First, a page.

Saturday, December 22, 2018

More on the demise of the small dairy farm

Jim Goodman, an organic dairy farmer in Wonewoc, Wisconsin (population 816) published this op-ed/guest piece in the Washington Post yesterday, "Dairy Farming is Dying.  After 40 years, I'm done."  The headline sums up well what he has to say, but here's one of the most compelling excerpts:
Unlike many dairy farmers, I didn’t retire bankrupt. But for my wife and me, having to sell our herd was a sign — of the economic death not just of rural America but also of a way of life. It is nothing short of heartbreaking to walk through our barn and know that those stalls will remain empty. Knowing that our losses reflect the greater damage inflicted on entire regions is worse.
Writing about the farm crisis of the 1980s, Goodman observed its knock-on effects:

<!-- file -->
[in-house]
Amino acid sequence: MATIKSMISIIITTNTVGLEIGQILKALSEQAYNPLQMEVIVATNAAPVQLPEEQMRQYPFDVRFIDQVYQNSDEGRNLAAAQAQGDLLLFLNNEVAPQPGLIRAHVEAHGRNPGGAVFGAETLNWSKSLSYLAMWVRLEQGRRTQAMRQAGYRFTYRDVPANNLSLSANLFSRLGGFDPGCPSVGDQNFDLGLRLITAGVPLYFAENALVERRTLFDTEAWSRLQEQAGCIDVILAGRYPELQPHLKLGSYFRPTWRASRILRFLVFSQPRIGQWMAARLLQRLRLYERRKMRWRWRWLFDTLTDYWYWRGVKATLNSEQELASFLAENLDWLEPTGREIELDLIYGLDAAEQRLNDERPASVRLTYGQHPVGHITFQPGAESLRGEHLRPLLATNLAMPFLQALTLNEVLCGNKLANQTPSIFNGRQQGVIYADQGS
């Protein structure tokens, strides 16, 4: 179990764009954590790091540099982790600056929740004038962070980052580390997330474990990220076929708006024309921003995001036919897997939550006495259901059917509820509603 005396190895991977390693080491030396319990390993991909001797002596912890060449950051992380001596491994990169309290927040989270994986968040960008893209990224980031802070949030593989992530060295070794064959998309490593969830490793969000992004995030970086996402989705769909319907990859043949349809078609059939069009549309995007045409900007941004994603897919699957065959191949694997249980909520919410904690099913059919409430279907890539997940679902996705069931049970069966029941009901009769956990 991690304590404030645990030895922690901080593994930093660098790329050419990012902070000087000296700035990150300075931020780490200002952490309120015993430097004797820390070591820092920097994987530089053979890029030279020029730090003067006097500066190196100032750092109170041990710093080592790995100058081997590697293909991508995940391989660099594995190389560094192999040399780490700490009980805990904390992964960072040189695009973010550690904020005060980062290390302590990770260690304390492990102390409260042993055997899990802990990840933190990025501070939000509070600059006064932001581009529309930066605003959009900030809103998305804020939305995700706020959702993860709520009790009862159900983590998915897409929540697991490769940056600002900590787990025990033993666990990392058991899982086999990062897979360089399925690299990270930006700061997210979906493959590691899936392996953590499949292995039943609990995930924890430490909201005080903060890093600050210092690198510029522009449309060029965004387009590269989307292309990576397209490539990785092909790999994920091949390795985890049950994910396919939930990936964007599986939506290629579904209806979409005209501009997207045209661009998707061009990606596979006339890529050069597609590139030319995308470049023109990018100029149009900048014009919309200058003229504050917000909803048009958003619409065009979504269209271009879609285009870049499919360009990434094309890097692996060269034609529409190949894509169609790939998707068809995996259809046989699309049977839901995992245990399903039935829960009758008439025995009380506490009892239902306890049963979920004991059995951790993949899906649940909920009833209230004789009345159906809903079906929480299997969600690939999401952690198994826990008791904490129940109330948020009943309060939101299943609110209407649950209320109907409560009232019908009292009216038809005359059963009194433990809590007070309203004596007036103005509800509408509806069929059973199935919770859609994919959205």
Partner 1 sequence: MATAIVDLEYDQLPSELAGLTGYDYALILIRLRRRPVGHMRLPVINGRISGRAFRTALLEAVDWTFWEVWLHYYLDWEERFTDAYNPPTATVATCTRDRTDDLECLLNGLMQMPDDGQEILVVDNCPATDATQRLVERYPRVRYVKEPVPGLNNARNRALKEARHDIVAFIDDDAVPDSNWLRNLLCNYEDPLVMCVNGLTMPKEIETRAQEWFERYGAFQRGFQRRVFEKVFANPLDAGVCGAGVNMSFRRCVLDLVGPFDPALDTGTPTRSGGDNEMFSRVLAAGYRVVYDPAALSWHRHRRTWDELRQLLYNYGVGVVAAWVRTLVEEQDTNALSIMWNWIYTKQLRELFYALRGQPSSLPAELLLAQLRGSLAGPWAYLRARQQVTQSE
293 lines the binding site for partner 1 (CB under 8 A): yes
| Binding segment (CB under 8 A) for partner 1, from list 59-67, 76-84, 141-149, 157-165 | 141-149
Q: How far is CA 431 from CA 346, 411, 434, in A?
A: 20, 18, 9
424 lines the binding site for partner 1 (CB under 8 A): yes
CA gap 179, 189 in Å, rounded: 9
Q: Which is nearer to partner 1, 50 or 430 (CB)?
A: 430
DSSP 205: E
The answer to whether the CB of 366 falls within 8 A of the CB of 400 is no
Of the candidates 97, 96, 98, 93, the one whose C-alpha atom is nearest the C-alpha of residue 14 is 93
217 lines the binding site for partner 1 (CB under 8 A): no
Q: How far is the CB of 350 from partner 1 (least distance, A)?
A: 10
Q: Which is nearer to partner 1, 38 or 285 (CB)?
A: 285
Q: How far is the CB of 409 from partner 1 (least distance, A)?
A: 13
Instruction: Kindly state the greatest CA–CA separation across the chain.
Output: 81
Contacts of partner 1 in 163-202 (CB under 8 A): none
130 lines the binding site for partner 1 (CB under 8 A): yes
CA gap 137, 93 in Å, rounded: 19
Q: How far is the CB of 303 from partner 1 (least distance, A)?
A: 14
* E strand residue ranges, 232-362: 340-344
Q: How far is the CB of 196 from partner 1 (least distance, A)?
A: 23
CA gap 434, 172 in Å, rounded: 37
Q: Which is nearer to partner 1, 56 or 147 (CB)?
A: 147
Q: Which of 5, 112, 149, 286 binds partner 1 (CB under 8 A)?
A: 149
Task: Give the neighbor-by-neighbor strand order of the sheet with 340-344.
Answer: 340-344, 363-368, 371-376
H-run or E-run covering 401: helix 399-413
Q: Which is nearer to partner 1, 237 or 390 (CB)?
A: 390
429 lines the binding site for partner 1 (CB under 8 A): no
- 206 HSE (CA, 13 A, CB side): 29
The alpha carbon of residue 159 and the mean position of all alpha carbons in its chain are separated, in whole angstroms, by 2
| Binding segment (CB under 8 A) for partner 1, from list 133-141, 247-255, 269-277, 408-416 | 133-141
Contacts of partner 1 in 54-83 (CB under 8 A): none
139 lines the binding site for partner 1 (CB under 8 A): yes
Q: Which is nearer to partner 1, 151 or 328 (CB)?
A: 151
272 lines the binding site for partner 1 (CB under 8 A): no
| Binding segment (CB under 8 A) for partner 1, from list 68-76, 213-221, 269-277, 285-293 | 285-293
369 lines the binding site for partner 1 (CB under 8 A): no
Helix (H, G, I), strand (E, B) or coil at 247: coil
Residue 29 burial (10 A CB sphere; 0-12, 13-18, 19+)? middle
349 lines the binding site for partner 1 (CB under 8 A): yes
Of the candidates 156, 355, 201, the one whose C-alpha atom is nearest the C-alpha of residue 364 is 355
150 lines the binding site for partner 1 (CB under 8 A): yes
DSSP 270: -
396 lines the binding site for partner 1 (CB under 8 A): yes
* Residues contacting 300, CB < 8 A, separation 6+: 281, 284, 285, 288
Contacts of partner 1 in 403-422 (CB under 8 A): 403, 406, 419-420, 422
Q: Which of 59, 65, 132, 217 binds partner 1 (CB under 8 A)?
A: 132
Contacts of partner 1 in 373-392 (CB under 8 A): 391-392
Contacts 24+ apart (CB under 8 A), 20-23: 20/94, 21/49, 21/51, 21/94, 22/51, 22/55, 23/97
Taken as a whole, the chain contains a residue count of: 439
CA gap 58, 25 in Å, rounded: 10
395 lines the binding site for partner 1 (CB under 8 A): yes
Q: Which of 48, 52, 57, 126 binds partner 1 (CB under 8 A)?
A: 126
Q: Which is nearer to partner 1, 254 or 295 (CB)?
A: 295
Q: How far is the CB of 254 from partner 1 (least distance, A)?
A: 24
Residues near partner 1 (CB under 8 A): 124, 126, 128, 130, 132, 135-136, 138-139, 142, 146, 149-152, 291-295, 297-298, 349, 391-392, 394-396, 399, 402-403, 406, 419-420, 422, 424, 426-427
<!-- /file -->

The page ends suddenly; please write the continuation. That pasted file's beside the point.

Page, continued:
Farmers felt the impact most directly, but there were few in rural communities who were untouched. All the businesses that depended on farm dollars watched as their incomes dried up and the tax base shrank. Farm foreclosures meant fewer families and fewer kids, so schools were forced to close . The Main Street cafes and coffee shops — where farmers talked prices, the weather and politics — shut down as well.
He also notes the link between the current farm crisis and the mental health crisis among farmers, writing:
This year, Wisconsin, where I live, had lost 382 dairy farms by August; last year, the number at the same point was 283. The despair is palpable; suicide is a fact of life, though many farm suicides are listed as accidents.
Earlier posts on this topic are here and here

As for the subsidies available to larger dairy farms in the just-signed Farm Bill, those he calls a "PR stunt."  What farmers want, he says, is a fair price for their product. 

Other topics addressed in this piece include going organic, agribusiness, and the collapse of the family farm. 

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